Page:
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Robert Herring Wright was born to John C. and Bettie Vaden Herring Wright at their family home in Coharie, near present-day Parkersburg, Sampson County, North Carolina on May 21, 1870. One of nine children born to the Wrights, Robert began his life-long involvement in education as a student at his mother’s private school. He later attended public schools in Sampson County, North Carolina, taking community-offered courses and passing the teaching certificate qualification exam in 1888.
Wright moved to Hungry Neck, Bladen County, North Carolina in the fall of 1888 and remained for two years, before enrolling in the Oak Ridge Institute to better prepare for advanced study in a college. He left Oak Ridge in 1892 to teach in Marlborough County, South Carolina. In the fall of 1894, Wright entered the University of North Carolina at Chapel Hill as a member of the sophomore class. A popular student, he filled his time at Chapel Hill with study and activities. He captained the football and track teams, was an 1896 commencement marshal, and served as president of two campus societies. Wright graduated from UNC with a Bachelor of Arts degree in 1897.
After college, Wright spent a year teaching in Stanhope, Nash County, North Carolina before returning to the Oak Ridge Institute to teach math and coach the football team. He remained at Oak Ridge for three years, leaving in 1901 for Baltimore, Maryland, where he enrolled in John Hopkins University. In June 1902, Wright accepted a history instructor position with Baltimore City College. By 1904, he was appointed chair of the departments of civics, economics, and history. Wright then accepted a position as the principal of Eastern High School, one of Baltimore’s two girls’ schools, in 1906. During that time, he also served as the first president of the Maryland History Teachers Association and as a member of the North Carolina Society of Baltimore.
In 1909, at the behest of Thomas Jordan Jarvis, Wright agreed to become the first president of East Carolina Teachers Training School. Offering two-year teaching degrees, East Carolina benefited from Wright’s progressive ideology, which focused on improving education through better teacher training. He continuously sought ways to improve the education system, helping prepare Training Courses for Rural Teachers, a U.S. Bureau of Education issued bulletin in 1913. The success of East Carolina was quickly recognized and in 1914, the campus hosted a grammar school. Wright continued his passion for improving education, serving as the chairman of an educational commission appointed to study and make recommendations for North Carolina’s public schools in 1917.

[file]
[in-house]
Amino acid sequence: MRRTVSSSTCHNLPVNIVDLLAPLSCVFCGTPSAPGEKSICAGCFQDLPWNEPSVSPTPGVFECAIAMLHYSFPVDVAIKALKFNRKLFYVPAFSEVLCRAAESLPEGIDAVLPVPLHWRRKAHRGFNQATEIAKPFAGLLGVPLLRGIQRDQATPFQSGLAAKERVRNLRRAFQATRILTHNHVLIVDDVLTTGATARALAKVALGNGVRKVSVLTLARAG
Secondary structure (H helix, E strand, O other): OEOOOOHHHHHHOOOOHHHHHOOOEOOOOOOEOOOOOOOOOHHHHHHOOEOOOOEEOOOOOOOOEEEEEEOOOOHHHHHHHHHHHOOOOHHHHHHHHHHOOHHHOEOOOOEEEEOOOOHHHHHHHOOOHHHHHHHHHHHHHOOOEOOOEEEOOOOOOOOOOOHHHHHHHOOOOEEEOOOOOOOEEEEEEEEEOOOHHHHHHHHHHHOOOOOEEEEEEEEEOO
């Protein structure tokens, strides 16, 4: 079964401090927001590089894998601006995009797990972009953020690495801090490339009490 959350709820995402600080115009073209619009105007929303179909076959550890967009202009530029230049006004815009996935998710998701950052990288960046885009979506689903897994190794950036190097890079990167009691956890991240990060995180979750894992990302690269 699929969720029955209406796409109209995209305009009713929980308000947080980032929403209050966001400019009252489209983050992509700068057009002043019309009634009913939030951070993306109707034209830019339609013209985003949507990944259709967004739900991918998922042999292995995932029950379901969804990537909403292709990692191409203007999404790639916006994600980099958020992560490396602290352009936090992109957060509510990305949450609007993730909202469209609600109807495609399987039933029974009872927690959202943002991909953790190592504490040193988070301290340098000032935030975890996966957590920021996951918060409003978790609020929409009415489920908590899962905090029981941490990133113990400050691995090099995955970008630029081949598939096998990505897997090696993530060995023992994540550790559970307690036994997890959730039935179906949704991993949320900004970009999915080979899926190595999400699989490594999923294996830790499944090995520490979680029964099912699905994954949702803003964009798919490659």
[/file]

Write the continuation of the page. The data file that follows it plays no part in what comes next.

By 1920, Wright successfully lobbied the state legislature to approve a four-year curriculum, which forced a re-charter and name change to East Carolina Teachers College. That same year, he also managed to present lectures at Peabody College for Teachers. Wright implemented a regular course summer school program, at ECTC, one of the first of its kind in the state. He served as the program’s director for five years. In 1926, ECTC gained full membership into the American Association of Teachers Colleges and a Class A ranking by the Southern Association of Colleges and Secondary Schools in 1927. Wright spent 1928 persuading the General Assembly to adopt an eight-month public school term. By 1929, ECTC was granted the right to offer graduate courses.
Robert Herring Wright married Charlotte Pearl Murphy on December 31, 1901. Together, they had four children, Pearl, Robert, Mary, and William. On April 25, 1934, Wright suffered a fatal heart attack and died in his office at 10:20 a.m. Funeral services were conducted in the campus auditorium that now bears his name.